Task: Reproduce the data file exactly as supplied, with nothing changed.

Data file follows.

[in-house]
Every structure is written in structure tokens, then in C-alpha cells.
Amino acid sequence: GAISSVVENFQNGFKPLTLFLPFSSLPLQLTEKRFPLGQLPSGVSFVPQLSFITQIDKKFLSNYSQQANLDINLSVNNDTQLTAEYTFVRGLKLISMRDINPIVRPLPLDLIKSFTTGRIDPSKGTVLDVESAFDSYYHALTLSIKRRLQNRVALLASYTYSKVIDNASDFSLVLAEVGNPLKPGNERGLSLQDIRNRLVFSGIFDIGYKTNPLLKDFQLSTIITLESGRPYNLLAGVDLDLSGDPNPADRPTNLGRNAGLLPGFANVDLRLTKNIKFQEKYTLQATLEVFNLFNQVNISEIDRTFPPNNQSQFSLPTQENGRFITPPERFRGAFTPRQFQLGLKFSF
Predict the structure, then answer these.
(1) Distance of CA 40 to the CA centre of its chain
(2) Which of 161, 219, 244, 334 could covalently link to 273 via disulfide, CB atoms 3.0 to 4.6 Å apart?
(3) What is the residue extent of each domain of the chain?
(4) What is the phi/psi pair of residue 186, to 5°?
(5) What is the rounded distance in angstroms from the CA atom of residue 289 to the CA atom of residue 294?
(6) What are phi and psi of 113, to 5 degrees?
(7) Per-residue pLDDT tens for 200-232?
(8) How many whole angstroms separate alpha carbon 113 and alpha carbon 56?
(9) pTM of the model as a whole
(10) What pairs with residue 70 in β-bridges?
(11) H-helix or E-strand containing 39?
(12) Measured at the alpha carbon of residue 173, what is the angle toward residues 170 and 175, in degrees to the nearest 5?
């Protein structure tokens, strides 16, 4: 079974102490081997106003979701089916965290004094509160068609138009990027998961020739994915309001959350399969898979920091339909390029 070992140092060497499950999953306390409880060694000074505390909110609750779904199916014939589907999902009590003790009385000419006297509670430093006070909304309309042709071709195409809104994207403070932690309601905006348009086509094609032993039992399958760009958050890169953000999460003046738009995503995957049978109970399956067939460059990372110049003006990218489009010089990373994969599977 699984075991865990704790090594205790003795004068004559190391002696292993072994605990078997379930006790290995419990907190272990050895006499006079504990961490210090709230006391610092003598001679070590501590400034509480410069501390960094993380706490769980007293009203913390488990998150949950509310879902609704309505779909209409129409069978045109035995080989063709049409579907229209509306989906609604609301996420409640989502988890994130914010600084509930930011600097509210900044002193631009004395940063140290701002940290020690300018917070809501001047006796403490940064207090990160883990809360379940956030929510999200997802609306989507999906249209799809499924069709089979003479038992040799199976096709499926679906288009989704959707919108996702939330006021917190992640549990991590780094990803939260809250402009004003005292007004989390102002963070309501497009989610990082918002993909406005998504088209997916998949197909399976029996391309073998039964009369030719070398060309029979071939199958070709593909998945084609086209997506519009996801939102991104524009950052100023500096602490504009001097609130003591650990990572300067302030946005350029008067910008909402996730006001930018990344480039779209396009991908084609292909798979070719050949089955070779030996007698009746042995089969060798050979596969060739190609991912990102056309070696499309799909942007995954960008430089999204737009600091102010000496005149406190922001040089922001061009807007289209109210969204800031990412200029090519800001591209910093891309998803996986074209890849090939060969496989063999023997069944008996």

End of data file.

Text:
[in-house]
Every structure is written in structure tokens, then in C-alpha cells.
Amino acid sequence: GAISSVVENFQNGFKPLTLFLPFSSLPLQLTEKRFPLGQLPSGVSFVPQLSFITQIDKKFLSNYSQQANLDINLSVNNDTQLTAEYTFVRGLKLISMRDINPIVRPLPLDLIKSFTTGRIDPSKGTVLDVESAFDSYYHALTLSIKRRLQNRVALLASYTYSKVIDNASDFSLVLAEVGNPLKPGNERGLSLQDIRNRLVFSGIFDIGYKTNPLLKDFQLSTIITLESGRPYNLLAGVDLDLSGDPNPADRPTNLGRNAGLLPGFANVDLRLTKNIKFQEKYTLQATLEVFNLFNQVNISEIDRTFPPNNQSQFSLPTQENGRFITPPERFRGAFTPRQFQLGLKFSF
Predict the structure, then answer these.
(1) Distance of CA 40 to the CA centre of its chain
(2) Which of 161, 219, 244, 334 could covalently link to 273 via disulfide, CB atoms 3.0 to 4.6 Å apart?
(3) What is the residue extent of each domain of the chain?
(4) What is the phi/psi pair of residue 186, to 5°?
(5) What is the rounded distance in angstroms from the CA atom of residue 289 to the CA atom of residue 294?
(6) What are phi and psi of 113, to 5 degrees?
(7) Per-residue pLDDT tens for 200-232?
(8) How many whole angstroms separate alpha carbon 113 and alpha carbon 56?
(9) pTM of the model as a whole
(10) What pairs with residue 70 in β-bridges?
(11) H-helix or E-strand containing 39?
(12) Measured at the alpha carbon of residue 173, what is the angle toward residues 170 and 175, in degrees to the nearest 5?
């Protein structure tokens, strides 16, 4: 079974102490081997106003979701089916965290004094509160068609138009990027998961020739994915309001959350399969898979920091339909390029 070992140092060497499950999953306390409880060694000074505390909110609750779904199916014939589907999902009590003790009385000419006297509670430093006070909304309309042709071709195409809104994207403070932690309601905006348009086509094609032993039992399958760009958050890169953000999460003046738009995503995957049978109970399956067939460059990372110049003006990218489009010089990373994969599977 699984075991865990704790090594205790003795004068004559190391002696292993072994605990078997379930006790290995419990907190272990050895006499006079504990961490210090709230006391610092003598001679070590501590400034509480410069501390960094993380706490769980007293009203913390488990998150949950509310879902609704309505779909209409129409069978045109035995080989063709049409579907229209509306989906609604609301996420409640989502988890994130914010600084509930930011600097509210900044002193631009004395940063140290701002940290020690300018917070809501001047006796403490940064207090990160883990809360379940956030929510999200997802609306989507999906249209799809499924069709089979003479038992040799199976096709499926679906288009989704959707919108996702939330006021917190992640549990991590780094990803939260809250402009004003005292007004989390102002963070309501497009989610990082918002993909406005998504088209997916998949197909399976029996391309073998039964009369030719070398060309029979071939199958070709593909998945084609086209997506519009996801939102991104524009950052100023500096602490504009001097609130003591650990990572300067302030946005350029008067910008909402996730006001930018990344480039779209396009991908084609292909798979070719050949089955070779030996007698009746042995089969060798050979596969060739190609991912990102056309070696499309799909942007995954960008430089999204737009600091102010000496005149406190922001040089922001061009807007289209109210969204800031990412200029090519800001591209910093891309998803996986074209890849090939060969496989063999023997069944008996």